Ever since ancient times, people have been saying that dew “falls,” but it’s not true. Dew forms where you find it, on plant leaves, not in the clouds. This is how it happens:
At night, the air gradually cools off. Cool air holds less water than warm air, so that when the temperature of the air drops to a certain point, water in the air begins to condense wherever the air meets a cool surface. Plant leaves, which also lose heat at night, are cool enough before morning so that dew will condense on them.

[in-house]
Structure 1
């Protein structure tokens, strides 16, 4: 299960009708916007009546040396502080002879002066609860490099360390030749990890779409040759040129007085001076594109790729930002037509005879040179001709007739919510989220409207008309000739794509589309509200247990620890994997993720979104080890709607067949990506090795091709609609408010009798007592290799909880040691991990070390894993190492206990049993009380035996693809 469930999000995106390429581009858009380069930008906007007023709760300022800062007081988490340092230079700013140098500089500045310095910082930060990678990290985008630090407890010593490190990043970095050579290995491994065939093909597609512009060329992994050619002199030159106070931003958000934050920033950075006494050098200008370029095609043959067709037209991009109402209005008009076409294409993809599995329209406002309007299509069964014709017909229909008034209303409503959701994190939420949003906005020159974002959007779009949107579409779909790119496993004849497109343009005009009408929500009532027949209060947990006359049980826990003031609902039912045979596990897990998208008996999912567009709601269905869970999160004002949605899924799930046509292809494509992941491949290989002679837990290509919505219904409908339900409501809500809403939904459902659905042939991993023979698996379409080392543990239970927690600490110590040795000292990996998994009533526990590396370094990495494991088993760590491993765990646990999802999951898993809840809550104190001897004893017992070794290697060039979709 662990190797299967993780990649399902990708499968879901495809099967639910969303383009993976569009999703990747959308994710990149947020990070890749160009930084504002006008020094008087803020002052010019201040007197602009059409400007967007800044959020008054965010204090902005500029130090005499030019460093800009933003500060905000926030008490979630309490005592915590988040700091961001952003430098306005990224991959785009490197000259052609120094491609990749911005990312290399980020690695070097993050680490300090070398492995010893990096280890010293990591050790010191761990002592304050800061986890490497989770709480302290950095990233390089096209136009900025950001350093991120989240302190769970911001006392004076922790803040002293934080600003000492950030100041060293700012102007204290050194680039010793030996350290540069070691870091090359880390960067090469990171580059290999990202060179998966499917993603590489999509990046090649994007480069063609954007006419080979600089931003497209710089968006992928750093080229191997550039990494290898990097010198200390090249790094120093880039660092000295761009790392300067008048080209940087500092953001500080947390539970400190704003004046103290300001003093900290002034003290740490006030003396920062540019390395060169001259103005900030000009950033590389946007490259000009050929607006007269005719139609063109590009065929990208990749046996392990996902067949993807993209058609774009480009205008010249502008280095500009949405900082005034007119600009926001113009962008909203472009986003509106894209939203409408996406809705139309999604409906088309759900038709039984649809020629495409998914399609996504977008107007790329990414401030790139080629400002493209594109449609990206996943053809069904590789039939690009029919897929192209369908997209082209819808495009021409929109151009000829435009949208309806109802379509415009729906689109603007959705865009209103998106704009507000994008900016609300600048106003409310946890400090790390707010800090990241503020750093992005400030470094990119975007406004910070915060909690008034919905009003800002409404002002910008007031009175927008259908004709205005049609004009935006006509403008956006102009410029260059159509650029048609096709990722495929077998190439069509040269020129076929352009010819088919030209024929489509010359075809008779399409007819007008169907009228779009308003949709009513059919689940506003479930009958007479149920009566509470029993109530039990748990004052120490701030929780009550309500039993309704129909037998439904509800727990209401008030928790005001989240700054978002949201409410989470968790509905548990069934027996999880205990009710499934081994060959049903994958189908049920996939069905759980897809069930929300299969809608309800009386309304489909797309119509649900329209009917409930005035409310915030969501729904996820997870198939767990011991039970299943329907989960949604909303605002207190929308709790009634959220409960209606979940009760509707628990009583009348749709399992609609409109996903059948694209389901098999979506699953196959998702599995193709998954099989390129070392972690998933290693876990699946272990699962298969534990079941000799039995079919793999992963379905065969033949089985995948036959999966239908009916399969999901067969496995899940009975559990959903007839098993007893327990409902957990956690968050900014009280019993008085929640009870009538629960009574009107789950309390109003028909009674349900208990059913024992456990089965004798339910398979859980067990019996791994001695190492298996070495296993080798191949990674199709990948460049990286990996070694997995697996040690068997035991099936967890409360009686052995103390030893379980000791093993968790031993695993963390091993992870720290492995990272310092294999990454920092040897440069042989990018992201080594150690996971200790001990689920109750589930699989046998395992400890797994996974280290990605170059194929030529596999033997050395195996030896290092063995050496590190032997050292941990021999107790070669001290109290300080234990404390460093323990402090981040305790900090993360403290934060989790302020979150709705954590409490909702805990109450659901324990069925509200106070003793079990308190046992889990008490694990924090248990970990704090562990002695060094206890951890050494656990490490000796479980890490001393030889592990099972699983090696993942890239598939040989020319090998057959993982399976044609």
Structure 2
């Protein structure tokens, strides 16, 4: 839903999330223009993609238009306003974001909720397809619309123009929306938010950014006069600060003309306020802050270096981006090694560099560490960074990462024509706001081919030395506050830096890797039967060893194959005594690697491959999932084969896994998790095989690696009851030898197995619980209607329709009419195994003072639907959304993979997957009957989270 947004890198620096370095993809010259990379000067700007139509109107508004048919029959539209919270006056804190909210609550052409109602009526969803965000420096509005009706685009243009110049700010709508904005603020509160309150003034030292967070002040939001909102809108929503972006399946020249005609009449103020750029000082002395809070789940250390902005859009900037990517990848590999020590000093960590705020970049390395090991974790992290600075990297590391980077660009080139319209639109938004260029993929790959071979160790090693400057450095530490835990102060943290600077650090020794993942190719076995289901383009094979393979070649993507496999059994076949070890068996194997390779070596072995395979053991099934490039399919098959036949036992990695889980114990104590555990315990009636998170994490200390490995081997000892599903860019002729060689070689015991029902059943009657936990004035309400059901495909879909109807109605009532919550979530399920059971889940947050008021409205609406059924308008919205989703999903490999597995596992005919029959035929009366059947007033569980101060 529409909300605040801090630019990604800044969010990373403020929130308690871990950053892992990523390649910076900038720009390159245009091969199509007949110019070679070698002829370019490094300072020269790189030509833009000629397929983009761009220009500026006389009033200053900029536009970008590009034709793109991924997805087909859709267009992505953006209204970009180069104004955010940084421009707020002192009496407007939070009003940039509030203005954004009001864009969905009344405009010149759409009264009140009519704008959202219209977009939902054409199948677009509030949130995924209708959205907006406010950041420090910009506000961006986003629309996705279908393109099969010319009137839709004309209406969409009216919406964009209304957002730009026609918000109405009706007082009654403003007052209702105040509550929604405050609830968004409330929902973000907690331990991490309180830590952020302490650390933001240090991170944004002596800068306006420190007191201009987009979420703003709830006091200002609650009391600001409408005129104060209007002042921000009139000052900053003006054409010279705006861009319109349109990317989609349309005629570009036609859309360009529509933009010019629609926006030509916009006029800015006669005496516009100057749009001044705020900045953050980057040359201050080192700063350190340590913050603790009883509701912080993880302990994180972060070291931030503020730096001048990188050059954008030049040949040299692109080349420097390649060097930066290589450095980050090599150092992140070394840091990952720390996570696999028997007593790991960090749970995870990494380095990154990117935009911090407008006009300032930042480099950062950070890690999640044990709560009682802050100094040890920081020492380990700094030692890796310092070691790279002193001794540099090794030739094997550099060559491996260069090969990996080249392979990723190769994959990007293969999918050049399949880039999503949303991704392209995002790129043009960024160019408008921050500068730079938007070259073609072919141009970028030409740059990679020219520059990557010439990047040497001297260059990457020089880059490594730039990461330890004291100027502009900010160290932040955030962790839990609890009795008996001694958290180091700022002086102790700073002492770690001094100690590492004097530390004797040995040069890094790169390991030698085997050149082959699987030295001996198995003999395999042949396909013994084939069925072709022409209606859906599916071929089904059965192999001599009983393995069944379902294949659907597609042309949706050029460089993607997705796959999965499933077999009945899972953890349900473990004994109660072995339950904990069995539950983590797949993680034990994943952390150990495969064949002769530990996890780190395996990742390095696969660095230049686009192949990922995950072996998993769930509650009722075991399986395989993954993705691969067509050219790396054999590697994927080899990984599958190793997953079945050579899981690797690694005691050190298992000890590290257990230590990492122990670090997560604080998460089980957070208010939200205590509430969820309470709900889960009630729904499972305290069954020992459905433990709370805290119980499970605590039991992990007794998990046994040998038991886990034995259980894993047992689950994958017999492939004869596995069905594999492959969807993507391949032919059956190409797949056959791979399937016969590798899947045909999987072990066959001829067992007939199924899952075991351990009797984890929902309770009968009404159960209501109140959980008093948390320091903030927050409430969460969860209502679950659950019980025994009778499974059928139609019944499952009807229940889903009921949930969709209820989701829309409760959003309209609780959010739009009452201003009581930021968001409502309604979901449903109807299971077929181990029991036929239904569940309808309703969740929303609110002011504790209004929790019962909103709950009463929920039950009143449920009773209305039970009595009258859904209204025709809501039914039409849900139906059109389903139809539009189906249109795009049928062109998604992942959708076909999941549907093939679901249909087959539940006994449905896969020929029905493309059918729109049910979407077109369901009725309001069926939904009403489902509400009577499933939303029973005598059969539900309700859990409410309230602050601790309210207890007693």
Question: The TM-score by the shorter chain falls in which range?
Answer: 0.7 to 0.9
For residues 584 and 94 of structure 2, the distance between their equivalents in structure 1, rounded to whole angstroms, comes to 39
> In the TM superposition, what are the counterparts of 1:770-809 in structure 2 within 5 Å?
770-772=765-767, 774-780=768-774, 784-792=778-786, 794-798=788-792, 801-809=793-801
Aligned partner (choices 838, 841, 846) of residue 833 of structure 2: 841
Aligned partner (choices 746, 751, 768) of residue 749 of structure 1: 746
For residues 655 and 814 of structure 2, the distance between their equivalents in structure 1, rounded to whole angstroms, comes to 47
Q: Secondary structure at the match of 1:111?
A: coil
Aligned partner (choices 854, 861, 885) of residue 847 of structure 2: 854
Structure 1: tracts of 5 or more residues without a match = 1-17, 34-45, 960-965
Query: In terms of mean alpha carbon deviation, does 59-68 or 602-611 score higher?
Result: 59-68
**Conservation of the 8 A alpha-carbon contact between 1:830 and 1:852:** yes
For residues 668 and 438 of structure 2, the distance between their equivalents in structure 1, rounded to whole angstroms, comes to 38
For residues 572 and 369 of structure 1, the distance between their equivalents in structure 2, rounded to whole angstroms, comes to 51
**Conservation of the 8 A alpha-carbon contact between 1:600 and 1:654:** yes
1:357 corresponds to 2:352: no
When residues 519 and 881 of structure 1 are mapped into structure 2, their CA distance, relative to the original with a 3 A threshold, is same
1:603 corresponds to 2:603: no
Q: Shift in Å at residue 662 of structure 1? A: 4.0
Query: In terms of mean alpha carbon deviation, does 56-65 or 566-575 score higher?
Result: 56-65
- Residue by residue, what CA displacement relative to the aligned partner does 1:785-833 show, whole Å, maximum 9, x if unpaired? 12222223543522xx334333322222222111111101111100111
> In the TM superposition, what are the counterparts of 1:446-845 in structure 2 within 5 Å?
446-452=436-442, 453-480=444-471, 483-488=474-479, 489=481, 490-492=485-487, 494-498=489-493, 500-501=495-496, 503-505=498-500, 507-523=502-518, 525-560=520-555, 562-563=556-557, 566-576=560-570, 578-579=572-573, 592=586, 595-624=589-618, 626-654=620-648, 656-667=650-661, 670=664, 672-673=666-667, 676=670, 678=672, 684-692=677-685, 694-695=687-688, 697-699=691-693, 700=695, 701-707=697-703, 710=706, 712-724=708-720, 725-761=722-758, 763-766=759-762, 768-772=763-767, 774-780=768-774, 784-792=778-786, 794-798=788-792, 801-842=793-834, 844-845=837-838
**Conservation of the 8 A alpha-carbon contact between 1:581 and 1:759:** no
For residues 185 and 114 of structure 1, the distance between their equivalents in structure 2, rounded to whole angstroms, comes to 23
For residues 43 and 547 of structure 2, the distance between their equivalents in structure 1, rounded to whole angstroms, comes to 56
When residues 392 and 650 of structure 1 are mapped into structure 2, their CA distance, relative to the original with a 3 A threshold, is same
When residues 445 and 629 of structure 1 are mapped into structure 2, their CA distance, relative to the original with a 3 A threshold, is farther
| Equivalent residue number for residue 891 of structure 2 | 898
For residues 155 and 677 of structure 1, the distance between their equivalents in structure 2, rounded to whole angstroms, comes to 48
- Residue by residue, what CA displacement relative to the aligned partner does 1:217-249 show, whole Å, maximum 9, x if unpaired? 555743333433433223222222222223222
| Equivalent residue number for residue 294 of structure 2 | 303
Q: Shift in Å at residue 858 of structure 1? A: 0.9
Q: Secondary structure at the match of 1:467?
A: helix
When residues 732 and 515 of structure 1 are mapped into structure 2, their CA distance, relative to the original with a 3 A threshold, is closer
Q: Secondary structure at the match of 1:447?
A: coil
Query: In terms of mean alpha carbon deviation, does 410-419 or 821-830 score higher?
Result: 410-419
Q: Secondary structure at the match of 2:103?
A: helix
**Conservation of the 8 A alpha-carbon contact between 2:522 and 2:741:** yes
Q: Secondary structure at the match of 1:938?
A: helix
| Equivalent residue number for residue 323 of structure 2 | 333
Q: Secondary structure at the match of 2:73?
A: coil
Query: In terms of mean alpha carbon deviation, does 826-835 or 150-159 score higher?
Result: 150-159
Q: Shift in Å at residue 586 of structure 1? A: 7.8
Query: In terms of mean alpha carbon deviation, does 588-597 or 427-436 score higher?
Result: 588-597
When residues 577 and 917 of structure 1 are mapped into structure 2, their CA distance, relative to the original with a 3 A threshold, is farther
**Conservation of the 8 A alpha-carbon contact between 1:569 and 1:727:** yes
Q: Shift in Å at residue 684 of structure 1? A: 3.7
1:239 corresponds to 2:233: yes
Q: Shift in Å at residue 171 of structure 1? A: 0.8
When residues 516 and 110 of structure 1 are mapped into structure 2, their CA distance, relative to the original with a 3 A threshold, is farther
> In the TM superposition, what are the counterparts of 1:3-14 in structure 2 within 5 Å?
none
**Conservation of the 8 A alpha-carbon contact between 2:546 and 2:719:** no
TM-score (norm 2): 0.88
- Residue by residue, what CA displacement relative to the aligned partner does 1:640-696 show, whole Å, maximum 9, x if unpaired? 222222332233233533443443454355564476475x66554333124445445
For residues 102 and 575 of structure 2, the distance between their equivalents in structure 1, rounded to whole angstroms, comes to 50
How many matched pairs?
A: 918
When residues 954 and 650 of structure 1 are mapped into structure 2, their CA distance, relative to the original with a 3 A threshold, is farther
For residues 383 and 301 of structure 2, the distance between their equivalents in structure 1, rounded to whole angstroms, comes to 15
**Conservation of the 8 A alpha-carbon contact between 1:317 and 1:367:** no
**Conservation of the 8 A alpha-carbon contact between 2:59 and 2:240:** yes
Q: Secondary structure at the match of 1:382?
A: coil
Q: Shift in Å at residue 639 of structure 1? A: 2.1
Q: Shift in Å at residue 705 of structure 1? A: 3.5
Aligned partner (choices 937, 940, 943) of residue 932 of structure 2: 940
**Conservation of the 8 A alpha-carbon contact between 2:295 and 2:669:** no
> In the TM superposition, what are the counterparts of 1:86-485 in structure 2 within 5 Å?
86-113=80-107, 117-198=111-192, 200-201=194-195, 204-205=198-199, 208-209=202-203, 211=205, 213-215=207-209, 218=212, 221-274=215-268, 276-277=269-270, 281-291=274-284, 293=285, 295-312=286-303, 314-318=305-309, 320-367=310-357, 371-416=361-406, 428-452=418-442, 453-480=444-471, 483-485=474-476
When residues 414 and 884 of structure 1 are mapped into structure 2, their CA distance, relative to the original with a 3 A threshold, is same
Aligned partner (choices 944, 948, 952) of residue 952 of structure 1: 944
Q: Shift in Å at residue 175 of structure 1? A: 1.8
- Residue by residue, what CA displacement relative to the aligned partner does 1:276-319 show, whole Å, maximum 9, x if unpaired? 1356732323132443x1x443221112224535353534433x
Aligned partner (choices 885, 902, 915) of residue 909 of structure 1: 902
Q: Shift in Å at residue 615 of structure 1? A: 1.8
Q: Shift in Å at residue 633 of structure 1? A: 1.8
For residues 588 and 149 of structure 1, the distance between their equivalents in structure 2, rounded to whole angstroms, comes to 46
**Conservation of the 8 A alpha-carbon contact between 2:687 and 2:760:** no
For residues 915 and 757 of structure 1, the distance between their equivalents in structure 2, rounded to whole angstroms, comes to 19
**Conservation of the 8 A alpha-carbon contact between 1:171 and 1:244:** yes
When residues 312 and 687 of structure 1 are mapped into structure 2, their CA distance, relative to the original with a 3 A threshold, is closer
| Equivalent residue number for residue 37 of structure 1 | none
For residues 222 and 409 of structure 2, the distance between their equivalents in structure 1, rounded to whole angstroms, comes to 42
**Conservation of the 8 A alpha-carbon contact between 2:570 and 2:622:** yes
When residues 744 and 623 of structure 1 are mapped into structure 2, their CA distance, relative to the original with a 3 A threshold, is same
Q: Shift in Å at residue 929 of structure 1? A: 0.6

But some of the large dewdrops you see on a plant during the day are given off by the plant itself, to keep its leaves cool and moist.
When moisture condenses on the ground in the form of ice instead of water, it’s called hoarfrost.